|Previous Section||Index||Home Page|
Mr. Denham: Under the Crime Fighting Fund (CFF) recruitment initiative, Hertfordshire constabulary has been allocated a total of 107 additional officers, over and above the force's previous recruitment plans for the three years to March 2003.
I know that the force has been experiencing difficulty in attracting recruits and was not able to recruit any of its CFF allocation in 200001. In recognition of these difficulties, the force has been allowed to defer its allocation from 200001 into 200102. The force will now be able to recruit up to 70 officers through the CFF in 200102.
On 12 March my right hon. Friend the then Home Secretary announced that he had agreed to the Police Negotiating Board's recommendation for new allowances for certain officers serving in a number of forces in the south-east. The affected officers are those appointed since 1 September 1994 and not in receipt of Housing Allowance. For such officers in Hertfordshire the new allowance is £2,000 per annum. It has been payable since 1 April 2001.
2 Jul 2001 : Column: 52W
Mr. Denham: My right hon. Friend the Home Secretary announced the most recent police numbers on 28 June. On 31 March 2001, police numbers in England and Wales were 125,519. This is an increase of 1,349 over 31 March last year. It is a clear indication that the Crime Fighting Fund which is intended to deliver an additional 9,000 recruits over three years is taking effect .
|Year(10)||Police officers(11)||Civilian staff (11)|
(10) Information for 1996 to 2000 is available only by calendar year
(11) Figures are for full-time equivalent staff
Mr. Denham: The powers of my right hon. Friend the Home Secretary to decide on the number of police officers in each rank for each force were removed under the Police and Magistrates' Courts Act 1994. It is for Chief Officers of Police to determine staffing levels for sergeants, inspectors and other ranks within the overall resources available.
2 Jul 2001 : Column: 53W
Mr. Keith Bradley: We have a wide agenda across Government concerned with tackling youth crime and disorder. We have introduced programmes which focus on the family; tackle deprivation; address truancy and school exclusion; deal with alcohol-related crime and disorder and under-age drinking; and address drug misuse among young people.
We have also made improvements to the youth justice system. Tackling delays to speed up justice; expanding the powers available to the police and the courts, establishing new youth justice structures and intervention programmes. And we are continuing to bring in new measures and programmes to tackle youth offending.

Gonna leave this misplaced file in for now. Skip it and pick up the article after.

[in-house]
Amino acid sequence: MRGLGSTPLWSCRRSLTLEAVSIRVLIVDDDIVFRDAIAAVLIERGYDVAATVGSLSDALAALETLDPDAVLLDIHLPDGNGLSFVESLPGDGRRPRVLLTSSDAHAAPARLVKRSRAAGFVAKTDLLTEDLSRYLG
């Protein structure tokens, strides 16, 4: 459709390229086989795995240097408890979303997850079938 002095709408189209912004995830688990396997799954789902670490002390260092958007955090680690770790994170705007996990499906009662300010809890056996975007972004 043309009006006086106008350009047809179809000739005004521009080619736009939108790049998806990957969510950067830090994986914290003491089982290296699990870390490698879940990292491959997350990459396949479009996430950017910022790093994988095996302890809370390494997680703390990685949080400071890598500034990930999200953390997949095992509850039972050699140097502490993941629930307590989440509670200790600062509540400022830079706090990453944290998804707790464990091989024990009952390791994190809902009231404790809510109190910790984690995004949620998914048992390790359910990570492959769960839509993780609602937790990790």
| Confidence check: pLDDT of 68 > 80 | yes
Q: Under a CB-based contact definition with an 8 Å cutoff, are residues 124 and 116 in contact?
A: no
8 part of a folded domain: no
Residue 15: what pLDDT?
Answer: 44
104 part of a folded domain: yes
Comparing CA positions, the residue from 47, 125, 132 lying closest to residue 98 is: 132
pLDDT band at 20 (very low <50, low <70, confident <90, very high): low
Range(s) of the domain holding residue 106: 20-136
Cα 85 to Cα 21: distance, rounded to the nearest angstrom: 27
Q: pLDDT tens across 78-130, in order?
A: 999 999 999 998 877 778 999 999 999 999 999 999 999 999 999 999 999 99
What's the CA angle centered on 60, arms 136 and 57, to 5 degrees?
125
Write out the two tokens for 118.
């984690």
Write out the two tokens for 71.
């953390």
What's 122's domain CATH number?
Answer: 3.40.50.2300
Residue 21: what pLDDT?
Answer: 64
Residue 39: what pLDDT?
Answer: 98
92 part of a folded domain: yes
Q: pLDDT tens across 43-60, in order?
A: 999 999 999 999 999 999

Beverley Hughes: The Government have put in place a major programme of reforms to tackle youth offending. We have overhauled youth justice and introduced a wide range of prevention policies to stop young people becoming involved in crime.
Beverley Hughes: The Government are committed to ensuring the effective execution of the sentences of the courts so as to reduce reoffending and protect the public. The Prison Service, in conjunction with other criminal justice agencies, has a target of reducing the rate of reconvictions of all offenders punished by imprisonment or by community supervision by 5 per cent. by April 2004 compared to the predicted rate. The Service is investing an additional £31 million in the period 200102, £30 million in 200203 and £71 million in 200304, from the Spending Review 2000 on work on basic skills, drugs, offending behaviour programmes and resettlement to help achieve this objective.
2 Jul 2001 : Column: 54W
Mr. Denham: The local crime and disorder reduction partnerships, established by the Crime and Disorder Act 1998, ensure that the resources and commitment of local authorities and a wide range of other local organisations are harnessed to support the police in the fight against crime. This joint effort has helped secure the 10 per cent. reduction in crime measured by the British Crime Survey 2000.
Partnerships have been allocated a total of £50 million this year to tackle drugs problems, under the Communities Against Drugs initiative, and this will rise to £70 million in 200203 and £100 million in 200304. The Communities Against Drugs toolkit is available on the Crime Reduction website (www.crimereduction.gov.uk) and further written guidance is under preparation. Advice to partnerships is being provided by the Crime Reduction Directors and by the Drugs Prevention Advisory Service (DPAS) in the regions in England, and in Wales by the Crime Reduction Director and the Substance Misuse Intervention Branch.
|Next Section||Index||Home Page|